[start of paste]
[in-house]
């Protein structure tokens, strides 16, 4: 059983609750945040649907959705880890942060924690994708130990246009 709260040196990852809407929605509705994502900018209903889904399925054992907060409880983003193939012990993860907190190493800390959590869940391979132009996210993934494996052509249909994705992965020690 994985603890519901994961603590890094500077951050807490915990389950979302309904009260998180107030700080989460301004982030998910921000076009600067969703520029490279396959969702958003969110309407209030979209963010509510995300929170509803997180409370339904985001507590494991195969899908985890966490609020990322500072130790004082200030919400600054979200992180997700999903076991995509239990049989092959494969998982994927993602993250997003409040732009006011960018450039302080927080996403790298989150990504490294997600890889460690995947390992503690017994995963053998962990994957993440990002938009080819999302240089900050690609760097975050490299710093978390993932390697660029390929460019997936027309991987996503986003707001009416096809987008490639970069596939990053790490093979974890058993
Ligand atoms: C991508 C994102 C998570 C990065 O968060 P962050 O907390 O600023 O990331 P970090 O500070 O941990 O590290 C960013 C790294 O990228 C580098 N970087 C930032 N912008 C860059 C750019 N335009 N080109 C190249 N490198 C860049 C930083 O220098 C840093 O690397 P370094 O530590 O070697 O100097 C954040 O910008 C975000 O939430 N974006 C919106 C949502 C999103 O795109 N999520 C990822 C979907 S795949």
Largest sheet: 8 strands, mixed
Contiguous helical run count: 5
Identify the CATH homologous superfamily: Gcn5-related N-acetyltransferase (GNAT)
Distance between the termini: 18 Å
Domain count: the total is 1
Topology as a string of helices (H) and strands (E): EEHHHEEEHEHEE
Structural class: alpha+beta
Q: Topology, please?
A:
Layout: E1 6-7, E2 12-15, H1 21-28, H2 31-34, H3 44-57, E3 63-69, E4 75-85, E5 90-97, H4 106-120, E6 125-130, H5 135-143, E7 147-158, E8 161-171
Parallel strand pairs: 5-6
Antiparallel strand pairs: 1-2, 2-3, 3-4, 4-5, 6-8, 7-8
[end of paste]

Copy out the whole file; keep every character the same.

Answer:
[in-house]
């Protein structure tokens, strides 16, 4: 059983609750945040649907959705880890942060924690994708130990246009 709260040196990852809407929605509705994502900018209903889904399925054992907060409880983003193939012990993860907190190493800390959590869940391979132009996210993934494996052509249909994705992965020690 994985603890519901994961603590890094500077951050807490915990389950979302309904009260998180107030700080989460301004982030998910921000076009600067969703520029490279396959969702958003969110309407209030979209963010509510995300929170509803997180409370339904985001507590494991195969899908985890966490609020990322500072130790004082200030919400600054979200992180997700999903076991995509239990049989092959494969998982994927993602993250997003409040732009006011960018450039302080927080996403790298989150990504490294997600890889460690995947390992503690017994995963053998962990994957993440990002938009080819999302240089900050690609760097975050490299710093978390993932390697660029390929460019997936027309991987996503986003707001009416096809987008490639970069596939990053790490093979974890058993
Ligand atoms: C991508 C994102 C998570 C990065 O968060 P962050 O907390 O600023 O990331 P970090 O500070 O941990 O590290 C960013 C790294 O990228 C580098 N970087 C930032 N912008 C860059 C750019 N335009 N080109 C190249 N490198 C860049 C930083 O220098 C840093 O690397 P370094 O530590 O070697 O100097 C954040 O910008 C975000 O939430 N974006 C919106 C949502 C999103 O795109 N999520 C990822 C979907 S795949």
Largest sheet: 8 strands, mixed
Contiguous helical run count: 5
Identify the CATH homologous superfamily: Gcn5-related N-acetyltransferase (GNAT)
Distance between the termini: 18 Å
Domain count: the total is 1
Topology as a string of helices (H) and strands (E): EEHHHEEEHEHEE
Structural class: alpha+beta
Q: Topology, please?
A:
Layout: E1 6-7, E2 12-15, H1 21-28, H2 31-34, H3 44-57, E3 63-69, E4 75-85, E5 90-97, H4 106-120, E6 125-130, H5 135-143, E7 147-158, E8 161-171
Parallel strand pairs: 5-6
Antiparallel strand pairs: 1-2, 2-3, 3-4, 4-5, 6-8, 7-8